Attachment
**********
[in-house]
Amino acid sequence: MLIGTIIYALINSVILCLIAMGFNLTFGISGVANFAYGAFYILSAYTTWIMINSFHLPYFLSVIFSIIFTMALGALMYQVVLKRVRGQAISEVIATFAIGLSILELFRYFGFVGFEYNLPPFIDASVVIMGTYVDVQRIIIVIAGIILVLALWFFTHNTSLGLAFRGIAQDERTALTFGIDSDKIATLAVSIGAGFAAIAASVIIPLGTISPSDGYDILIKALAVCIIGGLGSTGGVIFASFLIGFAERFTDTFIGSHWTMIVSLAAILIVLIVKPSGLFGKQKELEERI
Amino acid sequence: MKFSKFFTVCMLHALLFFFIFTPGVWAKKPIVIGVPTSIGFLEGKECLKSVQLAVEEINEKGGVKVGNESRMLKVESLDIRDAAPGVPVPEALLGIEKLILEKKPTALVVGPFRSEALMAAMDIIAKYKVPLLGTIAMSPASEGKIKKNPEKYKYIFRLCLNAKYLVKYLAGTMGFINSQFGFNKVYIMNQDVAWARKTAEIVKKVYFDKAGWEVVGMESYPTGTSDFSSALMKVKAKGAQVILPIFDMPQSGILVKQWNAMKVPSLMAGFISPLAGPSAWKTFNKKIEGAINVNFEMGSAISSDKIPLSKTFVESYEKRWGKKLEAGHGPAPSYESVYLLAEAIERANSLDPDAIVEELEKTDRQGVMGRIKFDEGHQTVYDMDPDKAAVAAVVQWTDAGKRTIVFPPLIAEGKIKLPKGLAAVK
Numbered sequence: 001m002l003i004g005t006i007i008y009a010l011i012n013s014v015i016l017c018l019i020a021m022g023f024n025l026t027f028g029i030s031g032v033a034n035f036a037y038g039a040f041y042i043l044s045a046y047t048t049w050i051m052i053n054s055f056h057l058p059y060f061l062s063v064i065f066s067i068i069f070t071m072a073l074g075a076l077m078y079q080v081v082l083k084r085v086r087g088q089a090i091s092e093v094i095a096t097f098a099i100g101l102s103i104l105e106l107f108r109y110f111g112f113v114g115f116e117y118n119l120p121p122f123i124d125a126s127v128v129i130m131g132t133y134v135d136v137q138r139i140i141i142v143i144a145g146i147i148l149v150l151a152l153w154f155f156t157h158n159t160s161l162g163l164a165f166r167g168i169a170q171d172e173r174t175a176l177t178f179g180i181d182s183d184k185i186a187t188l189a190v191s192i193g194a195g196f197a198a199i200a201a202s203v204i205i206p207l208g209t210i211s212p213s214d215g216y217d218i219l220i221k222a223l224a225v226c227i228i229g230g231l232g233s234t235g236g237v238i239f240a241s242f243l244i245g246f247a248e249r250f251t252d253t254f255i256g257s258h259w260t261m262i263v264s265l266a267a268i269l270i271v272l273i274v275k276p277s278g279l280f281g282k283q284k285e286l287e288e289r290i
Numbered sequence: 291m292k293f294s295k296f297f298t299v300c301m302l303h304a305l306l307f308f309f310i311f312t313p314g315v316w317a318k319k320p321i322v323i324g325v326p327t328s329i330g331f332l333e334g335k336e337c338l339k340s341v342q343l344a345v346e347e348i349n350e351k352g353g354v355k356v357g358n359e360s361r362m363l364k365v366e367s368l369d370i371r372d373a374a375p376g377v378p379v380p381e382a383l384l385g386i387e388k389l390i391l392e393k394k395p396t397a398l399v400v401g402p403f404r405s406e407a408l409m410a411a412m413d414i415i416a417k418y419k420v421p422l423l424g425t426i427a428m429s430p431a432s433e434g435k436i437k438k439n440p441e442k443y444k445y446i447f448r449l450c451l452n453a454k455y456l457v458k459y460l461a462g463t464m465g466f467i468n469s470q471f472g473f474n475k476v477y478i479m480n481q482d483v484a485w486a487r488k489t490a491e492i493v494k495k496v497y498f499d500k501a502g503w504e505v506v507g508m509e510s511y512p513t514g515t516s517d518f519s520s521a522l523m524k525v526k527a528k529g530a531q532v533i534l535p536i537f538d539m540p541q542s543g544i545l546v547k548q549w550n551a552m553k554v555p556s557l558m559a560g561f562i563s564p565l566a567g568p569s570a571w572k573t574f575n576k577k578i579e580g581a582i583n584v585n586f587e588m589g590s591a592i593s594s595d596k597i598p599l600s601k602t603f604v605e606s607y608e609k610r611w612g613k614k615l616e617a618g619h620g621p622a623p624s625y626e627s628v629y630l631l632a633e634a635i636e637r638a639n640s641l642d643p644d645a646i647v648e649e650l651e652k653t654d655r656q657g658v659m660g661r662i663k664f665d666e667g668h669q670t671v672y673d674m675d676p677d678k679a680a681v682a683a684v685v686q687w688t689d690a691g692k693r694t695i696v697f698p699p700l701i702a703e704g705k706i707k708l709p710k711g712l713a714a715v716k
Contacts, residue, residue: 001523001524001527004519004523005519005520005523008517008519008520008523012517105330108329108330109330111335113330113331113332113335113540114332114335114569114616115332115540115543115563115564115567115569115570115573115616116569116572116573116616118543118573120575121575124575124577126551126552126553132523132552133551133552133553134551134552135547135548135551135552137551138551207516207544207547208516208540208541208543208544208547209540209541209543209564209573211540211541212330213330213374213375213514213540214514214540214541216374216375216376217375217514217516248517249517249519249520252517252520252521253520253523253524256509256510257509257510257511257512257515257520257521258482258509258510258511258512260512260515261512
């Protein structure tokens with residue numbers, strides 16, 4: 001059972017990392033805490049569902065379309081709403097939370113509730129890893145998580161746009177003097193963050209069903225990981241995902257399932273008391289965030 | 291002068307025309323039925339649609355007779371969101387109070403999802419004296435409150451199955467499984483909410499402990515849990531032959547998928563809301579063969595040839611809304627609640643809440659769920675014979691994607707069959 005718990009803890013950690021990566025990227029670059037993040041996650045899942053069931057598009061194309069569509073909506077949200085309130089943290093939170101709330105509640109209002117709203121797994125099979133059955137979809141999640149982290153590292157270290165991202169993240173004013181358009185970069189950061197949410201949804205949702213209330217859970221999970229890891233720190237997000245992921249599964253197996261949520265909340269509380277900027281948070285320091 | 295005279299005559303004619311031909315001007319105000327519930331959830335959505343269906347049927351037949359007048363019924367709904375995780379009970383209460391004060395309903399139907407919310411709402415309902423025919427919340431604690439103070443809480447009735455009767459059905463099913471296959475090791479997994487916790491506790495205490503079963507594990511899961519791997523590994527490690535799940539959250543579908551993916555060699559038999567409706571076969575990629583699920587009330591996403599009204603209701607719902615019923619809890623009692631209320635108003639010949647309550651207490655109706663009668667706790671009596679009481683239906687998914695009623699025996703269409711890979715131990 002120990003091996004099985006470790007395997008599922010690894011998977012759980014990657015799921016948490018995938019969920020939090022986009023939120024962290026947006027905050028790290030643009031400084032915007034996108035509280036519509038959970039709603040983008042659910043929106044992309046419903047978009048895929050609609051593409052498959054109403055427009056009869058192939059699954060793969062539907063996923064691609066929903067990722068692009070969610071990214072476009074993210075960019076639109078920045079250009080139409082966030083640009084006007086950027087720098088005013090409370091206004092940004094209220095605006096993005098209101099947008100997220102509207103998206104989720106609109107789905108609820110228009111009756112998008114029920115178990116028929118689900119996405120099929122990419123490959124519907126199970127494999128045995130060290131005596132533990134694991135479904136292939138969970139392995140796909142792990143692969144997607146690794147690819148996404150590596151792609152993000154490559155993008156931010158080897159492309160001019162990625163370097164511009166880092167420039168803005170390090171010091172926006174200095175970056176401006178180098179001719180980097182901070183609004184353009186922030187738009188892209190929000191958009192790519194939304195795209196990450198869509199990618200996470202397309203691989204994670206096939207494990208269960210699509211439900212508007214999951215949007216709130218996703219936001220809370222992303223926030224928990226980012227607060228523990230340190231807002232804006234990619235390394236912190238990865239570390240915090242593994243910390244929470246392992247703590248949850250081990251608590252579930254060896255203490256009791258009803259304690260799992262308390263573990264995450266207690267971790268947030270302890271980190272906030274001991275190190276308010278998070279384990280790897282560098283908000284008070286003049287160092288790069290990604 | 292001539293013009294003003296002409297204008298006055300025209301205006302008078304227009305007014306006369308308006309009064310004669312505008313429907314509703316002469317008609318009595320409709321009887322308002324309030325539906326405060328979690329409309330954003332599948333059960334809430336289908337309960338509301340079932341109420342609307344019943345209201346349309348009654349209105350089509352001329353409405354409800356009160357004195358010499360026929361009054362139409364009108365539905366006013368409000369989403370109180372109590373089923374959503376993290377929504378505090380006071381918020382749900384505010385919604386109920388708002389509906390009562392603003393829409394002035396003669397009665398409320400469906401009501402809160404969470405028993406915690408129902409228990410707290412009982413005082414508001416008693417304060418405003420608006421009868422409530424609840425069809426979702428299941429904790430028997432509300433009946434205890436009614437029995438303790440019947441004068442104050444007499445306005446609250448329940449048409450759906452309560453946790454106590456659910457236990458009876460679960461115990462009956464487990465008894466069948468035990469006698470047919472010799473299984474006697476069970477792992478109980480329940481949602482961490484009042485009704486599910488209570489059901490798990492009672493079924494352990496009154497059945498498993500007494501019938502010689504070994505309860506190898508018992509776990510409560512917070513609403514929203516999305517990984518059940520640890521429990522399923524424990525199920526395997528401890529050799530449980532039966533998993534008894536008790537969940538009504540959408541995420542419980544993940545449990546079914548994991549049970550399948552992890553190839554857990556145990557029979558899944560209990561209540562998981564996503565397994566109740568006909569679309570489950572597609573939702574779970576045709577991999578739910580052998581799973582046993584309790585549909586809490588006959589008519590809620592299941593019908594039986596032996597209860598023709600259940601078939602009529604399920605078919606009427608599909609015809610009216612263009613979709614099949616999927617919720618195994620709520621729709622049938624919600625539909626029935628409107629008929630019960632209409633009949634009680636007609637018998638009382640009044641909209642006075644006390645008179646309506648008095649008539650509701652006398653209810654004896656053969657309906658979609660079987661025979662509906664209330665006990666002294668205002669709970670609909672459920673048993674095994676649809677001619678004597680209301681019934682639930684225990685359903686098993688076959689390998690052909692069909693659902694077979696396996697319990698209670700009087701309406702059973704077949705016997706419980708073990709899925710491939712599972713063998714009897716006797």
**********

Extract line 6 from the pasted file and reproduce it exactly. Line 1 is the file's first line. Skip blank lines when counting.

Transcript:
Contacts, residue, residue: 001523001524001527004519004523005519005520005523008517008519008520008523012517105330108329108330109330111335113330113331113332113335113540114332114335114569114616115332115540115543115563115564115567115569115570115573115616116569116572116573116616118543118573120575121575124575124577126551126552126553132523132552133551133552133553134551134552135547135548135551135552137551138551207516207544207547208516208540208541208543208544208547209540209541209543209564209573211540211541212330213330213374213375213514213540214514214540214541216374216375216376217375217514217516248517249517249519249520252517252520252521253520253523253524256509256510257509257510257511257512257515257520257521258482258509258510258511258512260512260515261512